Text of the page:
Friday, March 20, 2015

Review: Leviathan, "Scar Sighted"

Early this month, Wrest released his new album as Leviathan, "Scar Sighted." Listen to it below, via Profound Lore on Bandcamp.

The bio there, where you can listen to the whole thing for free (as well as on Spotify—thank you, Wrest, for going to Profound Lore for this one), infers that this album is more like "Massive Conspiracy Against All Life," which is my favorite by Leviathan.

If one word could describe Leviathan, it would be "brutal." But he's such a complex writer that one word alone doesn't do his music justice. Wrest sticks to a place of dark depression and a love of death and suicide, and he wallows there, conjuring monsters and making universes of pain.

Here's a great review of "Scar Sighted" by Metal Injection writer J. Andrew Zalucky.

I've always loved this guy, this Wrest, this Jef Whitehed, this multi-genre, insane, one-of-a-kind-album-maker. But my least favorite album was his last, "True Traitor, True Whore." It's full of hatred for a woman, which is maybe the most played-out concept in music history. He also took the vowels out of the word "Leviathan" on the CD, and I'm like, what are you, texting me?

The music is cool, but all over the place, and it doesn't grab me. I can't get behind that much hatred directed at one person. In my opinion Wrest really went off on a tangent there, and if he'd just forgotten about that broad, he would have made a much better album than "True Traitor, True Whore."

Sure, she took him to court, and she probably took a lot of time and money from him, but he sounds like a mess of a person too, judging by his reaction. Profiting from an album fully devoted to debasing her is a form of poetic justice, but is it fair? We don't know. Only they know. I bet they think about it every day, and how stupid they both were, and how their dirty laundry was aired out publicly.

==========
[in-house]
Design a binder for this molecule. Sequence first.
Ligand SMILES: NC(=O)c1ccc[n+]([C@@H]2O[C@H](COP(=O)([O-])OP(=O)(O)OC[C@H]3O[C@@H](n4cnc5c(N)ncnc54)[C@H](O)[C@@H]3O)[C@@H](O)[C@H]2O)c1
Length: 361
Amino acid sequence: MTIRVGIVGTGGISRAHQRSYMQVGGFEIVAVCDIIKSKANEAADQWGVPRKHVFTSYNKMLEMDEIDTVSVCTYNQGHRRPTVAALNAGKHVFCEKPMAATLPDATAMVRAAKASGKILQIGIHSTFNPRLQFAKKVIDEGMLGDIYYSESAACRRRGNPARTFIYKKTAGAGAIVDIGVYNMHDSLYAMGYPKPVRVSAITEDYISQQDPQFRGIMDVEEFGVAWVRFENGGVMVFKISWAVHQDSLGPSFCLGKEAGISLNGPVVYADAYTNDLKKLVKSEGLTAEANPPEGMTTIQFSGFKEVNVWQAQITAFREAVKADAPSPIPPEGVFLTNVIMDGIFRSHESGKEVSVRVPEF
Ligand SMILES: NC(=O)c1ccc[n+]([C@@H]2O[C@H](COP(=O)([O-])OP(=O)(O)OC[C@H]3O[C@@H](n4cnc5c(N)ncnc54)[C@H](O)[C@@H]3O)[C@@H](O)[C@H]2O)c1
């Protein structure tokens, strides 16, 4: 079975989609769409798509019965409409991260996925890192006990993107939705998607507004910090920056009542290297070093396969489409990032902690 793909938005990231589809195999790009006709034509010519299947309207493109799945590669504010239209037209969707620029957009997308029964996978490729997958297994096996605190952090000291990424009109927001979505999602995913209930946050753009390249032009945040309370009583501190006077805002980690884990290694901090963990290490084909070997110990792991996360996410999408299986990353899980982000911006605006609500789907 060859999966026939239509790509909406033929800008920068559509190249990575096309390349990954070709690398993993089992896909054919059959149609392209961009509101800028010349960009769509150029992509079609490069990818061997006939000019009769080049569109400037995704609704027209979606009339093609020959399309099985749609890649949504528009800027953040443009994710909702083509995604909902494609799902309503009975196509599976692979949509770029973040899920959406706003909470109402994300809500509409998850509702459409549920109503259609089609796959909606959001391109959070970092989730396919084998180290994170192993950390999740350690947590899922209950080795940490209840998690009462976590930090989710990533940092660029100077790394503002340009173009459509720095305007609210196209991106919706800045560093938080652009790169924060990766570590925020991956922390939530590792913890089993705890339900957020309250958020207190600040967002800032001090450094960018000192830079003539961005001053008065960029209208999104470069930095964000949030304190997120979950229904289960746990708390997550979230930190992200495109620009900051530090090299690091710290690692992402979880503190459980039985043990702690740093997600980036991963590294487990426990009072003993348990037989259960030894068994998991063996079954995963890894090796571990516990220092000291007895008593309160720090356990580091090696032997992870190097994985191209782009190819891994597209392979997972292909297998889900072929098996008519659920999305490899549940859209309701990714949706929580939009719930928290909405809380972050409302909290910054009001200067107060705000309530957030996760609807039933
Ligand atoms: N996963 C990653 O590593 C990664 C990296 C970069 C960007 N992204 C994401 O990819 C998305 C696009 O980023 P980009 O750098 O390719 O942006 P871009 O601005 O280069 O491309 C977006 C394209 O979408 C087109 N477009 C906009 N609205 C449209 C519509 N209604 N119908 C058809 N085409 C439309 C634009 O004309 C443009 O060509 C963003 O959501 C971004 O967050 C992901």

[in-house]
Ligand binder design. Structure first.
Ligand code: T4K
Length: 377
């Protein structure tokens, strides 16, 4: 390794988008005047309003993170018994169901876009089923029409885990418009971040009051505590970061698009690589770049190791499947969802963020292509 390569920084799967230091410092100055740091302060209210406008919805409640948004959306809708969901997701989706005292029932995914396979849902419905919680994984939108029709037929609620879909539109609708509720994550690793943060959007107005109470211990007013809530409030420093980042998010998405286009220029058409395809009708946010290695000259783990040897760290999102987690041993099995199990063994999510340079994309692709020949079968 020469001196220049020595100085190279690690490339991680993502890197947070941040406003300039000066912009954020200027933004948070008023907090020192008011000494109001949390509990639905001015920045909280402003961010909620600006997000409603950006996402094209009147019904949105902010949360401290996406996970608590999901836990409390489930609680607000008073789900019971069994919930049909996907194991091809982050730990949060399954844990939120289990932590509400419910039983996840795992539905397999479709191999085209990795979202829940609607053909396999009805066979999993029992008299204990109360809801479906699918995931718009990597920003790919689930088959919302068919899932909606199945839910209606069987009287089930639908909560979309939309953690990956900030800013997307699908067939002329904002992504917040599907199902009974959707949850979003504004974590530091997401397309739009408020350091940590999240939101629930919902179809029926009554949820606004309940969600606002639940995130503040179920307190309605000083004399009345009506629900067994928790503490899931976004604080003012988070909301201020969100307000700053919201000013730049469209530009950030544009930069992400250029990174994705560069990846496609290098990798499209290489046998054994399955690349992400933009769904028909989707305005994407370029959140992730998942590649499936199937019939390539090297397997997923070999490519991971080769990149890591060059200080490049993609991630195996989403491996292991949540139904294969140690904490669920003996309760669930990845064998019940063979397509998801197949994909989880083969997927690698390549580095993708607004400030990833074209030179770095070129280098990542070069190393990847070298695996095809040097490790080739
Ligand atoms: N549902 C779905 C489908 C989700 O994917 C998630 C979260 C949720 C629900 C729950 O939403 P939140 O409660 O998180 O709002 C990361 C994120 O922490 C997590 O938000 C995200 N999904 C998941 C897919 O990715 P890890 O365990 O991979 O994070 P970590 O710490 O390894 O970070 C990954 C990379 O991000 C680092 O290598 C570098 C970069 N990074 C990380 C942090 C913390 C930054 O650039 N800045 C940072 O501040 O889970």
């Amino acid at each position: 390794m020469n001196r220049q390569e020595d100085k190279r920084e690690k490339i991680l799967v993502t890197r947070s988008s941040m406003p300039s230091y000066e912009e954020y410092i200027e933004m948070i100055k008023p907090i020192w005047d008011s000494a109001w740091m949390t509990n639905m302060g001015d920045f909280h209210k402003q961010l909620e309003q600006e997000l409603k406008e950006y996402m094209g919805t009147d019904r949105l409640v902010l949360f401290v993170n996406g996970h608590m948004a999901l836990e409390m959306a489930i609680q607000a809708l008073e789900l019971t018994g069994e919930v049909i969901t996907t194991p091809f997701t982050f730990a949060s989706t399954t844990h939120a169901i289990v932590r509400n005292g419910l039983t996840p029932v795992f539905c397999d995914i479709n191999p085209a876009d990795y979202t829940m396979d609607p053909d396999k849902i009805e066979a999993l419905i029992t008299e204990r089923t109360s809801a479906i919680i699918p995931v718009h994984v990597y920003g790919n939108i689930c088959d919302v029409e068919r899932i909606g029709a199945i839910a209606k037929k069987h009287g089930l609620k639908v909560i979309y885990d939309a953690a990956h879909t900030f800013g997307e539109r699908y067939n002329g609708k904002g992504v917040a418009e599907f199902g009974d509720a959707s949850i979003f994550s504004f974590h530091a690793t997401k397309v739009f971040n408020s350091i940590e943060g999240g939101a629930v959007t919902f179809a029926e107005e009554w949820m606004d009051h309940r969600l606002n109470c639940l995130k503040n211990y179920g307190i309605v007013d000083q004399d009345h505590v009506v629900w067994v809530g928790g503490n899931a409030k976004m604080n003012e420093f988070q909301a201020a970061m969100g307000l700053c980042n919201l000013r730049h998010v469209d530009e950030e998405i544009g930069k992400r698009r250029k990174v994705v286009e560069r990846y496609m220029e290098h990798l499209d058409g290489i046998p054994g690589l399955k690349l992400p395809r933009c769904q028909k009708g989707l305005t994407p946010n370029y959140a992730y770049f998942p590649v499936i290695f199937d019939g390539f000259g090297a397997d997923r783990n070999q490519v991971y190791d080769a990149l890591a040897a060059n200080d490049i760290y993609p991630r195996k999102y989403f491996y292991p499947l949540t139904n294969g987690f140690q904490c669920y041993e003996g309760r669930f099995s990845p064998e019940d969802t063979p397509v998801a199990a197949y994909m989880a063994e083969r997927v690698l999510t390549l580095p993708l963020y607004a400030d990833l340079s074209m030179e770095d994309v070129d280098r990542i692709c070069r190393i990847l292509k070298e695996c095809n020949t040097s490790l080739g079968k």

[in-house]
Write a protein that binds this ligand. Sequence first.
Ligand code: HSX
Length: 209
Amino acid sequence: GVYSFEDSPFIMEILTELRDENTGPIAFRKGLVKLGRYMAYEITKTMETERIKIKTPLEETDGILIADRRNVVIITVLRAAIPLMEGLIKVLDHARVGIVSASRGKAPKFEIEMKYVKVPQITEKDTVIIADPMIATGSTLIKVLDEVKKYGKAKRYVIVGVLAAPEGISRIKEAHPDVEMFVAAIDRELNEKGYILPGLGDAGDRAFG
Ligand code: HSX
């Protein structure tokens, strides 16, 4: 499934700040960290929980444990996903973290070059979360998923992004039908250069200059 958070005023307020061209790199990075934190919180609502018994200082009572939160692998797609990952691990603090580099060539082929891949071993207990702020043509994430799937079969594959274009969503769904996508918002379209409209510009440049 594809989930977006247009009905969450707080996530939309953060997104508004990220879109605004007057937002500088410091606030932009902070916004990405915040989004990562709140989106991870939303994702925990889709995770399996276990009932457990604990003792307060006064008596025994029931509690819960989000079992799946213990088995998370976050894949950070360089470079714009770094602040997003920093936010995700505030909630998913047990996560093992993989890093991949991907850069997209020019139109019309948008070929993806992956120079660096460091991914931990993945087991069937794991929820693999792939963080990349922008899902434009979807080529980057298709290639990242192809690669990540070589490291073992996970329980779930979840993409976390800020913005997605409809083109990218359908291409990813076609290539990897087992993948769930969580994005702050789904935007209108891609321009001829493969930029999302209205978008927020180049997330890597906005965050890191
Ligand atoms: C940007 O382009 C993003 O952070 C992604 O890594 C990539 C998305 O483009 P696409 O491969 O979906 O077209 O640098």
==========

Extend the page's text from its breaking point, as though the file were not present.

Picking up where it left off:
Wrest's life is insane. Whatever. I don't care. There's a divide there, between the life of the artist and their music, and IMO it's significant enough that listening to effed-up people's music is morally excusable—for the listener. And Wrest's music speaks volumes, and that's what I want. With "Scar Sighted," he delivers.

It's really relieving to hear Wrest's return to form on "Scar Sighted," both from the standpoint of a black metal fan, and a fan of Leviathan. The tracks are dense, and never leave the listener bored. He made a great album here, revealing secrets with each listen.

The second track, "The Smoke of Their Torment," kicks off the full-band-Leviathan feel, with downtuned guitars, sounding like they were equalized with an 80s metal sensibility. There's just enough emphasis on the bass that it's audible and keeps this insane sound grounded. Sweet riffs, total Leviathan style—always dissonant—distorted, yet clear. At any given time there are about seven or eight sounds happening. It's beautiful how Wrest controls chaos.

This song sounds like it could have been on Massive Conspiracy Against All Life. What sets it apart are the samples he throws in there, some dude saying, "Every fucking thing that crawls is gonna pay," and some other awesome stuff near the end of the song. Worshipping the beast and other such black metal nonsense.

"Dawn Vibration," track 3, also begins with sweet fucking guitars and some indescribably ambient weirdness. Exactly what I want.

As always, Wrest's drums are impeccable—well-recorded, well-played, well-mixed. He's a musical titan, this guy, his massive catalogue standing as testament.

At this point in Wrest's career, he reminds me of Jim Thirlwell—he does what he wants, finds work where he needs it, and supports himself with business knowledge and ruthless dedication to his art.

So, yeah, this is good shit. Sound Review-Approved. You're welcome, Leviathan, this review will make you famous.